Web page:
Gatto added that Valle did not harm anyone.

But prosecutor Waxman countered that Valle was caught on the cusp of taking action.

Judge Pittman added that Valle should have known better.

"He carried a gun," Pittman said. "He knew the difference between right and wrong."

Valle's wife tipped off authorities to investigate her husband, sources said. The pair had relationship "troubles," Gatto said

The allegations "shock the conscience," US Attorney Preet Bharara said in a statement. "This case is all the more disturbing when you consider Valle’s position as a New York City police officer and his sworn duty to serve and protect. Our investigation is ongoing."

FBI Acting Assistant Director in Charge Mary E. Galligan said, “It would be an understatement merely to say Valle’s own words and actions were shocking."

Investigators have been contacting the 100 women on Valle's list to ensure that they are alright, sources said.

Outside her Queens home, Valle's mother told DNAinfo.com New York, "I don't want to speak with you. I need to find out what happened to my son."

Valle's colleagues at the 26th Precinct said they were "stunned" by the allegations and described him as "just an average officer, nothing remarkable in either direction."

Valle's neighbors were also shocked.

Rafael Marichal, 33, the handyman in Valle's building, said Valle was married and recently had a baby girl.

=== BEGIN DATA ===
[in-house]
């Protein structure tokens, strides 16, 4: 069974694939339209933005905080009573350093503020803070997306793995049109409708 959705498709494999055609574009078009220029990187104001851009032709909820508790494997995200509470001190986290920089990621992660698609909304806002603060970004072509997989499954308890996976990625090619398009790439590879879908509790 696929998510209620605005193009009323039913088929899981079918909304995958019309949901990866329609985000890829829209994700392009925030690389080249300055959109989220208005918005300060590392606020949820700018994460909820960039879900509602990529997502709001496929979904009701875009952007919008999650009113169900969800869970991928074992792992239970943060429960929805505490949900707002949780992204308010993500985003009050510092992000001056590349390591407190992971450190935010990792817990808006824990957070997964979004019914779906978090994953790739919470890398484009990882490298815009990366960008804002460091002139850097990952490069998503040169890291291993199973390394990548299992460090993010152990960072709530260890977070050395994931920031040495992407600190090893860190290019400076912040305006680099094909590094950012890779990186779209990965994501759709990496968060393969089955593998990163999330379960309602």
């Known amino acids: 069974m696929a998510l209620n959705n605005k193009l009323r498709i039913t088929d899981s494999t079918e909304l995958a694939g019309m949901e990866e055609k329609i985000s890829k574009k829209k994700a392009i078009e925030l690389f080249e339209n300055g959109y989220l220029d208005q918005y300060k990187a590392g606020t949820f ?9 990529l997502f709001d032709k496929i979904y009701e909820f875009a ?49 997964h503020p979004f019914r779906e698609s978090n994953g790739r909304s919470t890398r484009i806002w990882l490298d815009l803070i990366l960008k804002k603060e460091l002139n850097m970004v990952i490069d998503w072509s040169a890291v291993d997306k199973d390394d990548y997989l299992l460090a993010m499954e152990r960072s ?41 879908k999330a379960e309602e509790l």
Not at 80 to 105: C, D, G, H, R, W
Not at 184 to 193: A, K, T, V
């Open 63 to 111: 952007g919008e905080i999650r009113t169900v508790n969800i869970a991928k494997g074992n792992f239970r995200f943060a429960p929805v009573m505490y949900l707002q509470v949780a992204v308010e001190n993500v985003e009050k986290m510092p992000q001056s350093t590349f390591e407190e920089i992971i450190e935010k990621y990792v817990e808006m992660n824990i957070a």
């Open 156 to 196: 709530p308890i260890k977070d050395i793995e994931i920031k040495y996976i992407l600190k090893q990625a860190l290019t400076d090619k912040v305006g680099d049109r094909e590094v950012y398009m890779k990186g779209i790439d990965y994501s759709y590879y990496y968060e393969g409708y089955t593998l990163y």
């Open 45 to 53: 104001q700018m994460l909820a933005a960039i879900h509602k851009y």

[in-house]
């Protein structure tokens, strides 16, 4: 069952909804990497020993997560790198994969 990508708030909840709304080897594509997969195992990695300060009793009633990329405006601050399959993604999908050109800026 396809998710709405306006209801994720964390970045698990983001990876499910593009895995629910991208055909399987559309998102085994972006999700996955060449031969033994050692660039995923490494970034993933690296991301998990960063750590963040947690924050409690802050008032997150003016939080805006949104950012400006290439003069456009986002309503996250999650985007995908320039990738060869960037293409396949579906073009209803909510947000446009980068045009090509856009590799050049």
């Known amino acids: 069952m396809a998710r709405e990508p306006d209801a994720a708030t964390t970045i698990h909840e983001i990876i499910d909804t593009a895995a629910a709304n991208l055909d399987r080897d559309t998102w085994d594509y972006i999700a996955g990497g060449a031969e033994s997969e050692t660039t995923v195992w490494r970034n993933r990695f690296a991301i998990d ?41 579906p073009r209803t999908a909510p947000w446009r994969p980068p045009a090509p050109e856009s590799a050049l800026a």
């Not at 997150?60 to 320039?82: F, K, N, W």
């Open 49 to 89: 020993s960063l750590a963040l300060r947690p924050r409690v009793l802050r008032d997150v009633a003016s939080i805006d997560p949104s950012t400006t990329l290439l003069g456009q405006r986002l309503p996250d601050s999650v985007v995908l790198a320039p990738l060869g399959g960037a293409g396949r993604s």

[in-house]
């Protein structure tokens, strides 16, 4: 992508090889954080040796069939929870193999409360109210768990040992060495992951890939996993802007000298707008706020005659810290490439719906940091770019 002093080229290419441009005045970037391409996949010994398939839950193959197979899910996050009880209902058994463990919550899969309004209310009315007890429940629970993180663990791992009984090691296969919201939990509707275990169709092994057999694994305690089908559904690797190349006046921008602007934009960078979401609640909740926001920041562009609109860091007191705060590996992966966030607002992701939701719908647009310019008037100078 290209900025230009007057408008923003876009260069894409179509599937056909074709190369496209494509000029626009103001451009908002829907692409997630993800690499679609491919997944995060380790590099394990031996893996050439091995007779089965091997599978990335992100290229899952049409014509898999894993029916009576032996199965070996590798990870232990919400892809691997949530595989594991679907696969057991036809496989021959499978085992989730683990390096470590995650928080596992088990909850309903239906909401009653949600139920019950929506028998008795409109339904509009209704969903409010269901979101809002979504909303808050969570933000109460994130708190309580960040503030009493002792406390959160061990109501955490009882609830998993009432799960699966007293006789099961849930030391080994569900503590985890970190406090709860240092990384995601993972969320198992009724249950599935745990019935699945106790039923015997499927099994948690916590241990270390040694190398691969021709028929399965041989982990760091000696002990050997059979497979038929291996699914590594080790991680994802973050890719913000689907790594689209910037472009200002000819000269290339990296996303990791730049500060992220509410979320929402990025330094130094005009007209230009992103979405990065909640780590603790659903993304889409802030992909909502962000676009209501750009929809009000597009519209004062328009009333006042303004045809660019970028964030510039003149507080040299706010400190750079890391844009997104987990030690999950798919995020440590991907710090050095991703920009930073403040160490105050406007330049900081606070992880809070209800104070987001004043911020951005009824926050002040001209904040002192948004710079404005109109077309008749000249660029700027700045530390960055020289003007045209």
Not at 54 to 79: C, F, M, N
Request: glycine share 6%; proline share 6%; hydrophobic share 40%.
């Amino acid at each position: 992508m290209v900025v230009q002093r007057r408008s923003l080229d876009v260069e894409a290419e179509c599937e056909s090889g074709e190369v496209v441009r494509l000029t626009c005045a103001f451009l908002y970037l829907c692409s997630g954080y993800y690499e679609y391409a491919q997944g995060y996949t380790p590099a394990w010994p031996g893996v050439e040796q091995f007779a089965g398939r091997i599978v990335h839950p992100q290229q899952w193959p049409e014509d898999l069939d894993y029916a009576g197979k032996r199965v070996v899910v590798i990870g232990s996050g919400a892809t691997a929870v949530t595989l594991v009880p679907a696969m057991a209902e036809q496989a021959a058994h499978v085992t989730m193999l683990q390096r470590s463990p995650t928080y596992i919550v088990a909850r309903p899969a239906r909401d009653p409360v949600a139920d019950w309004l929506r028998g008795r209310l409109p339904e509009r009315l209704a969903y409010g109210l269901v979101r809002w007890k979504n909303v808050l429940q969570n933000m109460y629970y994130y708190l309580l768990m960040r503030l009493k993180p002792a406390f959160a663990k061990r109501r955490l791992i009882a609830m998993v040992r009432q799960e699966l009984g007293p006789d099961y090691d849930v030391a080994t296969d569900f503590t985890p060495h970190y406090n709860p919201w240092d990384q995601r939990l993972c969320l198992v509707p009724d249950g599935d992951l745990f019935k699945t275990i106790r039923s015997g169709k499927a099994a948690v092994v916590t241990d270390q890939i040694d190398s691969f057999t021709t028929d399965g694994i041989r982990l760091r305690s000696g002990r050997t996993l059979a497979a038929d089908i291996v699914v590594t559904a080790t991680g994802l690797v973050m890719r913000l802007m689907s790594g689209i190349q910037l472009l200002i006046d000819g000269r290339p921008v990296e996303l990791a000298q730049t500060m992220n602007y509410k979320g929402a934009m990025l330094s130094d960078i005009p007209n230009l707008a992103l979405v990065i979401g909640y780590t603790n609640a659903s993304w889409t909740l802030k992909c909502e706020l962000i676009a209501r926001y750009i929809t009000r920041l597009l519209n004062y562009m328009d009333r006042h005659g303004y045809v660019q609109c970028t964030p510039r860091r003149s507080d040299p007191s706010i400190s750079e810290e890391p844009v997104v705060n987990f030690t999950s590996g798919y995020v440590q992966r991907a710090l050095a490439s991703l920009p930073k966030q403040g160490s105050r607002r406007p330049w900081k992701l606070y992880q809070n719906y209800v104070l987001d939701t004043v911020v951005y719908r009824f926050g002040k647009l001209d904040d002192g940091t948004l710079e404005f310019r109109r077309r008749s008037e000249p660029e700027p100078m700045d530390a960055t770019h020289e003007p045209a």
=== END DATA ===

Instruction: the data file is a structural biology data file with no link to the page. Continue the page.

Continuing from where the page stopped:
"I'm very surprised," Marichal said. "He looked very nice. He doesn't look crazy."

Valle planned to knock out the victims with homemade chloroform, using a recipe he found online, he told his co-conspirator, according to the complaint.

"The abduction will have to be flawless," Valle said, according to documents. "I can just show up at her home unannounced, it will not alert her, and I can knock her out, wait until dark and kidnap her right out of her home."

On July 22, Valle traveled to Maryland to have lunch with one of his potential targets, identified in documents as "Victim-1."

On his computer, he had a document titled "Abducting and Cooking [Victim-1]: a Blueprint," containing information including her name, date of birth, height, weight and bra size, authorities said.

Valle is also accused of offering in February to kidnap another woman, described as "Victim-2," an acquaintance of Valle's, and deliver her to another co-conspirator for a fee of $5,000, court documents say.

"It is going to be so hard to restrain myself when I knock her out, but I am aspiring to be a professional kidnapper and that's business," Valle said in a Feb. 28 online message to the second co-conspirator, according to documents. "But I will really get off on knocking her out, tying up her hands and bare feet and gagging her. Then she will be stuffed into a large piece of luggage and wheeled out to my van."

Valle expressed some concern about getting caught.

He wrote online on Feb. 28, "This is very risky and will ruin my life if I am caught."

With reporting by Irene Plagianos, Nigel Chiwaya, Heather Holland and Emily Frost.